Wednesday, November 22, 2017

The last 2 years have been absolutely brutal for any fans of price discovery, volatility and anything analytical mattering. Nothing matters. Be it divergences, valuations, earnings misses, slowing data, yield curve, equal weight, internals, catastrophes in nature, slowing loan growth, slowing auto sales, slowing real estate, retail apocalypse, debt levels, etc…I can drone on. Nothing matters. Markets keep drifting higher despite it all.

Price discovery as we used to know it, the back and forth of buyers and sellers engaging in the argument of forward valuations based on expected earnings growth, has ended with the disappearance of sellers as part of the normal market functioning:

Corrections as a means of price discovery don’t exist any more. Every day we don’t have a 3% correction is a new record in length of time without any such correction. And the chart above illustrates this adequately. It is a global phenomenon, it’s not only US based.

5% corrections, what also used to be regular part of markets and a bare minimum at that, have also disappeared:

Not quite at a record, yet the message is nevertheless clear: There’s not much happening in these markets on a day to day basis.


The abomination of what passes for intra-day trading ranges these days illustrates the point quite nicely:

Whatever downside does occur can’t sustain itself for more than minutes, a couple of hours at best. Case in point: The $DAX was only negative for 1 hour 16 minutes after the surprise collapse of German coalition talks on Monday. Nothing matters.

Hence it is no surprise sentiment is as bullish as it is. Recall allocations are all bullish, people, funds, even central banks all own the same shrinking universe of stocks.


Indeed there is not even a sense that anything could change this program:

This chart of the global Dow Jones, more than any other, shows how historically out of balance this rally has been. Red bars don’t exist and this is the steepest uninterrupted ascent ever accompanied by the steepest volatility compression ever.

In this context yesterday’s capitulation by Goldman Sachs was classic. They were the investment bank that kept citing valuations as a major concern and were the most bearish on 2017. Then they capitulated. Now their mid range target is 2850 for 2018.  with little to no downside risk:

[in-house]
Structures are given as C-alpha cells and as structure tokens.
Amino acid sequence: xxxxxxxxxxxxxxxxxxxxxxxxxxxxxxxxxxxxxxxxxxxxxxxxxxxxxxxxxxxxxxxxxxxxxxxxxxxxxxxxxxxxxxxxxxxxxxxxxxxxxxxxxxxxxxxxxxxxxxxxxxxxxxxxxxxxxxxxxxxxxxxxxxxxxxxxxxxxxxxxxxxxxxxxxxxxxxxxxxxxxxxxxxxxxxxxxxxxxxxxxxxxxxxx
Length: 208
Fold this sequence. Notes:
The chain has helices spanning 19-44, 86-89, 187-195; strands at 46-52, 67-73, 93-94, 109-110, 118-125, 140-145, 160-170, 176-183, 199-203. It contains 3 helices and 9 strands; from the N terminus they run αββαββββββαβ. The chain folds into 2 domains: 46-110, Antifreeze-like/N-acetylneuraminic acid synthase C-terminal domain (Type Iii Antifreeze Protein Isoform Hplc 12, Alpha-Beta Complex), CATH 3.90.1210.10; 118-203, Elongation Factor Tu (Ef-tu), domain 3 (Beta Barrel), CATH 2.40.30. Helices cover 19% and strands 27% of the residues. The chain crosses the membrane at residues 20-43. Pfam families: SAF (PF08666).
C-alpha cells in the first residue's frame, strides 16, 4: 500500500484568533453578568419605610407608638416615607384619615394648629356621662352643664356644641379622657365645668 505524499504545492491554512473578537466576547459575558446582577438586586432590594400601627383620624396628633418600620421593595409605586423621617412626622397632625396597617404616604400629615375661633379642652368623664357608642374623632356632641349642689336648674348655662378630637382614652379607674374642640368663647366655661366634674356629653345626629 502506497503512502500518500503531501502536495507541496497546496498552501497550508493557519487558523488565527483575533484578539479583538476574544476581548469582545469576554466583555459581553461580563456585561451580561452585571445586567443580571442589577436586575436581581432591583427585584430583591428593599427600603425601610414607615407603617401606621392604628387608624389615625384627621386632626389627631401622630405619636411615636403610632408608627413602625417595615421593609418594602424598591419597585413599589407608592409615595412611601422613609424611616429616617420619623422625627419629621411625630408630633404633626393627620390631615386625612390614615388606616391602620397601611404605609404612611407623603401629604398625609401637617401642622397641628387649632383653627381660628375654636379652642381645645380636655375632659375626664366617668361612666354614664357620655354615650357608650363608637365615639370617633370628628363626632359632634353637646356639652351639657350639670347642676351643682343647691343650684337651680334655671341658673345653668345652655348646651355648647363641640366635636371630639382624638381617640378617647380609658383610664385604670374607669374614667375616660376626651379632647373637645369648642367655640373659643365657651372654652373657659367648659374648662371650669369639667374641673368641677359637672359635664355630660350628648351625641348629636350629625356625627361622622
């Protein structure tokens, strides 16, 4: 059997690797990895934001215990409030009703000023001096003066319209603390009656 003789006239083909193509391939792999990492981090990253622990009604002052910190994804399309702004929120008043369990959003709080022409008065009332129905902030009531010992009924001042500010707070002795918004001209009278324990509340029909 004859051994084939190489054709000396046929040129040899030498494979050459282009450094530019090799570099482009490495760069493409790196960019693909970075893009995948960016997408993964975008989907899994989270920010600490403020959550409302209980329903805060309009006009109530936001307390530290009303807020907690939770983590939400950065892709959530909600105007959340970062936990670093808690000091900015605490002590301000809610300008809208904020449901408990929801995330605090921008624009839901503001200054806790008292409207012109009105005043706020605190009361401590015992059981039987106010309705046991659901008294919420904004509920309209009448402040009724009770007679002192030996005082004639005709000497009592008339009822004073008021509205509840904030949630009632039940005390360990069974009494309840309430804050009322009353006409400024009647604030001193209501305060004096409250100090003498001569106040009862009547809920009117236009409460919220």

That’s if the exuberance stays rational they say, if it goes irrational they covered themselves with an irrational scenario of 5300.

As I said classic. It is notable how both Monday and Tuesday were suddenly flooded with bullish forecasts. I won’t bother to recite them all here, I gave you a glimpse yesterday.

I’m just highlighting this as a latest example of the complete lack of any divergent views remaining in the marketplace. Which is fine. It simply illustrates market sentiment, but also again underscores the extent of the bubble.

And yet while bulls cite supposed great growth figures the ECB keeps printing like we’re in the middle of the financial crisis:

The numbers behind the chart via Holger Zschaepitz: “#ECB ramps up balance sheet expansion despite booming #Eurozone economy. Total assets rose by another €24.1bn to a fresh life-time high of €4,411.9bn on QE program, equals to 40.9% of Eurozone GDP.”

Now that’s just intellectually insulting. If things are so great we wouldn’t need this level of intervention or any intervention.

But this is what they are doing. Every day. I keep asking: What is the organic market price balance without intervention? The answer remains the same: Nobody knows as we haven’t seen markets without intervention other than the brief moments were they produced full out panic. 2011 and early 2016 are examples coming to mind.

So I continue to view price extensions and disconnects to be a direct result of trillions of dollars in ongoing intervention and exacerbated by record ETF inflows.


Let’s be clear: I don’t know how or when it ends, but it will end. Our primary mission here is to figure out what we consider good risk/reward set-ups knowing that we are finding ourselves in the most one way focused and technically disconnected markets in decades:

But this is precisely the point in time when the $GS capitulation takes place and all the bullish forecasts are coming out. And I understand why they are coming out. No corrections have taken place and we are in a bullish seasonal part of the year.

Now that we have entered the seasonally most bullish time of the year I can certainly understand the silence of the bears. What is there to say? No rationally reasoned argument has mattered, prices keep going up and there appears absolutely nothing on the horizon to stop this train.

Indeed, not only are bulls bullish, but some of the remaining bears I still see floating about have resigned themselves to talk blow-off top coming and are busily identifying higher upside targets from 2700-3000. Funny that. Bulls are bulls and bears are bulls.

But this is the lay of the land folks.


Add some oversold signal charts coinciding with new all time highs and I could easily argue 4 to 5 weeks of upside coming:

The message: Markets cannot possibly go down. There is no risk. Everybody is bullish, join the party.

Bottomline: Fading this action and sentiment is the most contrarian thing anyone can do here and for that reason it can also be the most dangerous. I have no illusions about that.